Bilateral Economic Policies: US-Brazil Case Study

 Brazil signed a number of traditional Bilateral Investment Treaties but has not yet ratified them. They have recently switched to a new type of bilateral investment agreement called an Investment Cooperation and Facilitation Agreement. There are two claims in the literature about the change from traditional Bilateral Investment Treaties to Investment Cooperation and Facilitation Agreements. Claim Not ratifying the traditional BITs has not hurt Foreign Direct Investment into Brazil. This claim calls the purpose of Bilateral Investment Treaties into question. People say that Investment Cooperation and Facilitation Agreements are better than traditional bilateral investment treaties in some ways, but overall they are not as good as traditional bilateral investment treaties. From the point of view of observational economics, we look at both claims. We add to what has already been written about Brazil's stance on Bilateral Investment Treaties, which can be understood through (i) a historical legacy; (ii) domestic efforts; and (iii) a political U-turn. By looking at real-life examples of how Bilateral Investment Treaties affect foreign direct investment, we can draw the following conclusions: Regarding claim, there is proof from both the real world and Brazil that the country has missed out on Foreign Direct Investment by not signing traditional Bilateral Investment Treaties.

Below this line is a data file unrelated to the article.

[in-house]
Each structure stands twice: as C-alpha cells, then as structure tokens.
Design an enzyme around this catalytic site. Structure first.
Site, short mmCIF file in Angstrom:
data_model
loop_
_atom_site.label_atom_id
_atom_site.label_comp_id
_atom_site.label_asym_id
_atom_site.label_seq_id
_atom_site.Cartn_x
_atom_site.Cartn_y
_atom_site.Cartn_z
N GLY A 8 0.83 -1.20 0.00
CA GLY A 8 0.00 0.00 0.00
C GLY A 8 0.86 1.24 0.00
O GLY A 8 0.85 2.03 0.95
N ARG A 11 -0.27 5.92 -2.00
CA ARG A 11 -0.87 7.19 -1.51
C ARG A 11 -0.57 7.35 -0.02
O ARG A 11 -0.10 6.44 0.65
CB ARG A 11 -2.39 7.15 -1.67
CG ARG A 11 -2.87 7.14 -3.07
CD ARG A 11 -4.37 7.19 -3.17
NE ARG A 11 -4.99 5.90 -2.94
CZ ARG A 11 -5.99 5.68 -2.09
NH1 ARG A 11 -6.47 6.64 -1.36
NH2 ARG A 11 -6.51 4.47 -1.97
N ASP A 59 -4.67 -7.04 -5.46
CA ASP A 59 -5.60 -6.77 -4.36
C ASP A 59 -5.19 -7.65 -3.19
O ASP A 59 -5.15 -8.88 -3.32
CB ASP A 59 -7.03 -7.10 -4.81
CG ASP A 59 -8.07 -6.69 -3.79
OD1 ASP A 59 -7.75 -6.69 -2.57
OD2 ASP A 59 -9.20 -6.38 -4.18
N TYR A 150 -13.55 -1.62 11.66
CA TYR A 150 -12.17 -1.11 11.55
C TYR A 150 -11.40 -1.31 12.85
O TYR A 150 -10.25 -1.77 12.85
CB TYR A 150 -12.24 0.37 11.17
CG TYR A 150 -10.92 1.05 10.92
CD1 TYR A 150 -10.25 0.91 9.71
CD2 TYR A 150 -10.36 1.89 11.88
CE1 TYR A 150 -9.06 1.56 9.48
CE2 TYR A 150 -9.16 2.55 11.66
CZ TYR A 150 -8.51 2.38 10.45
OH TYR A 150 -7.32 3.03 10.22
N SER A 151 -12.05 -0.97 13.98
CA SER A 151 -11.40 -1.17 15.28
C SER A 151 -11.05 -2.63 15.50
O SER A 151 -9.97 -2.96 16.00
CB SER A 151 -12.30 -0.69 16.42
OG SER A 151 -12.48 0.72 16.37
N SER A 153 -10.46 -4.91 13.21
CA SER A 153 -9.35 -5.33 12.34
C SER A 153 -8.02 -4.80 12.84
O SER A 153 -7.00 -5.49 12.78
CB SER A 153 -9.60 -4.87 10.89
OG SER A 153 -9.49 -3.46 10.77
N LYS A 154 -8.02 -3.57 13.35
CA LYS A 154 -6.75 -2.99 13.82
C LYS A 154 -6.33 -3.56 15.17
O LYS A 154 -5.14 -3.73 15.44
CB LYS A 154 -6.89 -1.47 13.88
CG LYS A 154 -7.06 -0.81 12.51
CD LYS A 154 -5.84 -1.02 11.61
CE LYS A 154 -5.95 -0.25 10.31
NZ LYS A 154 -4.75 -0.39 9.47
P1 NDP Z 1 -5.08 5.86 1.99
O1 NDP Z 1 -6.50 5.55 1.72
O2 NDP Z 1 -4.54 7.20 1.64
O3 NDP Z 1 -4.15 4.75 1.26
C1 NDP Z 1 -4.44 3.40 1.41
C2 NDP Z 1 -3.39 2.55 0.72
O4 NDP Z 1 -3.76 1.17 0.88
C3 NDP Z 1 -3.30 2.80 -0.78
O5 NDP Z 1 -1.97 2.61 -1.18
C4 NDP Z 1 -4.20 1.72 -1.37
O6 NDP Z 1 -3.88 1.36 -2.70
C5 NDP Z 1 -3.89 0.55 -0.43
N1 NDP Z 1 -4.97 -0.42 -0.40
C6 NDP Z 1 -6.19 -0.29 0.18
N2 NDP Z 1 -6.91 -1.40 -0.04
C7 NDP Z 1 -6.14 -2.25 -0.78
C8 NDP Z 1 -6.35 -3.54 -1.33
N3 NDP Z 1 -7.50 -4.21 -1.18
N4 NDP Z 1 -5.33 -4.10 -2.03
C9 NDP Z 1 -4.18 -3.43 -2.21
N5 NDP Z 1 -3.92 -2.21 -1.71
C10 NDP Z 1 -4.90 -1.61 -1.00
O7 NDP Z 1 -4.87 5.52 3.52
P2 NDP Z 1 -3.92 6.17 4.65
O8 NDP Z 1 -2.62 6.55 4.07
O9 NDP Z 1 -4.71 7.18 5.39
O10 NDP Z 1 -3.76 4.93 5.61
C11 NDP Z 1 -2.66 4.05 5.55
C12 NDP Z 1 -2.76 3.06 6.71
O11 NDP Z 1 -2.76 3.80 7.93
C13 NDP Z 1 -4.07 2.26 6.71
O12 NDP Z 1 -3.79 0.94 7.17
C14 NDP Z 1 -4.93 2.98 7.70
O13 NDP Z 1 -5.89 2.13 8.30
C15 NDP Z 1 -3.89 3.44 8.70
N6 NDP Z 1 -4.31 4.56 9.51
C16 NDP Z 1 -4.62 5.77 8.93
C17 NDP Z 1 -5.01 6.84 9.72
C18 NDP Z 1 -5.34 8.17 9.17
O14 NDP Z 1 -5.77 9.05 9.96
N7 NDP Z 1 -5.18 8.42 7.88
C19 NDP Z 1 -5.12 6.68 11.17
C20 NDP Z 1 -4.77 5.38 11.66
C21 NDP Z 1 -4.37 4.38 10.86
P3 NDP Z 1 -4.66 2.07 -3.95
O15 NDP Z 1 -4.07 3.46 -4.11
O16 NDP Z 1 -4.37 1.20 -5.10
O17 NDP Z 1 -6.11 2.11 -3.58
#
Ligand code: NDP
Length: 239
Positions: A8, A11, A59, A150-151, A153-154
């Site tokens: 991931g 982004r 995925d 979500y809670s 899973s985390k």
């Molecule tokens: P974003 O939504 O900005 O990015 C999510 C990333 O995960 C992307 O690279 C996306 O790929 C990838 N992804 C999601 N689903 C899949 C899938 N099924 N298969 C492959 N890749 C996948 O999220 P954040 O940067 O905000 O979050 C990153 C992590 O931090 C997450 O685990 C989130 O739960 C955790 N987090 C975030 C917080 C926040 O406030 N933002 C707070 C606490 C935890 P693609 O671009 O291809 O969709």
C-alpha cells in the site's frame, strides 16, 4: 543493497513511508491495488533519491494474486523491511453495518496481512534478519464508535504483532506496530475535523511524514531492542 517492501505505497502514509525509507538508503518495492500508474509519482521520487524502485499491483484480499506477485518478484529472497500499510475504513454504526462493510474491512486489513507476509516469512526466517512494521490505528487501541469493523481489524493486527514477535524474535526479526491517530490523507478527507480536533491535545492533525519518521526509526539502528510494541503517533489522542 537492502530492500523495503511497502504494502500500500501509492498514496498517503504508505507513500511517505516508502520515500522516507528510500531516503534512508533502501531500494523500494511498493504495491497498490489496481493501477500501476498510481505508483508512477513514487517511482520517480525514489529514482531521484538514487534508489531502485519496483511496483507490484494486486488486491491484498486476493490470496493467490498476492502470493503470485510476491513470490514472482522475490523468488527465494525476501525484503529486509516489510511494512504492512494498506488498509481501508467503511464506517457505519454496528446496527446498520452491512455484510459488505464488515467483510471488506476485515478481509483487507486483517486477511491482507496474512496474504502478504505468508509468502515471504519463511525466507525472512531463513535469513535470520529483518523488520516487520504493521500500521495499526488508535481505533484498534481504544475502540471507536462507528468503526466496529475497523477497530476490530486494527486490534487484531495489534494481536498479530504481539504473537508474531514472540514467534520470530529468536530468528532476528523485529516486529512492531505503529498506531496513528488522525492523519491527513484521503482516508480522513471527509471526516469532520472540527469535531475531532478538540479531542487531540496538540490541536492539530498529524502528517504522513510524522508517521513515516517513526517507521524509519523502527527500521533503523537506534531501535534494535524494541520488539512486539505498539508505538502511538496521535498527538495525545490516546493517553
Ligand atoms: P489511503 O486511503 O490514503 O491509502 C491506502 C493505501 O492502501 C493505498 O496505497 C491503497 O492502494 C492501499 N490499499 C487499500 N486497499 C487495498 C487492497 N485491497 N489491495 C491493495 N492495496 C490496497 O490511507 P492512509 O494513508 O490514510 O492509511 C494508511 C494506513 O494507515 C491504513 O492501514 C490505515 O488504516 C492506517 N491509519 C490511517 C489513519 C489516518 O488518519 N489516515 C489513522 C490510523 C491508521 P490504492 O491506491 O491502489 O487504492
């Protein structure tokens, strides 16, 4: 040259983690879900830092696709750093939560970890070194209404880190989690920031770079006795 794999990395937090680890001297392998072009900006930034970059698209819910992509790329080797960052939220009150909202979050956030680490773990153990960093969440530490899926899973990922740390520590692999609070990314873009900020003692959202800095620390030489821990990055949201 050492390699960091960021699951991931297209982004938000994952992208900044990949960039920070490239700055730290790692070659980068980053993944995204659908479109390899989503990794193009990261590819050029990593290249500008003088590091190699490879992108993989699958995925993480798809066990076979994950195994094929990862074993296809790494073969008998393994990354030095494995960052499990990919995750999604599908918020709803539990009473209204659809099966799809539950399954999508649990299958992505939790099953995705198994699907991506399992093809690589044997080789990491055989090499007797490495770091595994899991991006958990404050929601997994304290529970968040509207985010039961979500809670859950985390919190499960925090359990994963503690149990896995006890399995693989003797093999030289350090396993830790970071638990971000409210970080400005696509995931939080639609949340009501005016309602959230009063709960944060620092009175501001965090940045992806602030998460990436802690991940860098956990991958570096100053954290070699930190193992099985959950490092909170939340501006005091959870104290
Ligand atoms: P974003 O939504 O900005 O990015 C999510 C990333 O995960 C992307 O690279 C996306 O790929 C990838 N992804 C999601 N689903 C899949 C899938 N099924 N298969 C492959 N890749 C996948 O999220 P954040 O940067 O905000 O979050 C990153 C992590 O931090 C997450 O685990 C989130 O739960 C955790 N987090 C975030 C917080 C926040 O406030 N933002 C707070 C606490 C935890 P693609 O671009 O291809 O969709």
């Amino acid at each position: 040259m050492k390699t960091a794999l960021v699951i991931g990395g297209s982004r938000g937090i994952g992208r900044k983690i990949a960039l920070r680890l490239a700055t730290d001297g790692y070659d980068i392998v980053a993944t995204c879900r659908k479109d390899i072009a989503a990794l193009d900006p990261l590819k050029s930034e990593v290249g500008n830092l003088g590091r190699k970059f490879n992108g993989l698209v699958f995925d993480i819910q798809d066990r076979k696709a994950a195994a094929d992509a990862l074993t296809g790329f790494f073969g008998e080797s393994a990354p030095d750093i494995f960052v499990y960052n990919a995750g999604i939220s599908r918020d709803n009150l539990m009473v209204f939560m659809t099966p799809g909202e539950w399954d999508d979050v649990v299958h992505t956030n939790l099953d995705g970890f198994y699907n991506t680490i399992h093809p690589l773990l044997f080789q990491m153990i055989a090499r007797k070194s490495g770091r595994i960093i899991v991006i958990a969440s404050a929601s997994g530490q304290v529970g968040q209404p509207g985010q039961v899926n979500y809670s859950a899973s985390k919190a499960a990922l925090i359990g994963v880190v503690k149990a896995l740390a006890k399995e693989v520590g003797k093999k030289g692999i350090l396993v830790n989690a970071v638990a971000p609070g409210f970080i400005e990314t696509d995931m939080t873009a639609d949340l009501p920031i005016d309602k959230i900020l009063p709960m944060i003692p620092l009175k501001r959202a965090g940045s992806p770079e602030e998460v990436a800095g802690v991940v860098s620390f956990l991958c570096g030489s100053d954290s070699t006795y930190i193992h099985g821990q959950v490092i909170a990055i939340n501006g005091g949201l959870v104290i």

Concerning claim, Investment Cooperation and Facilitation Agreements have different dispute resolution mechanisms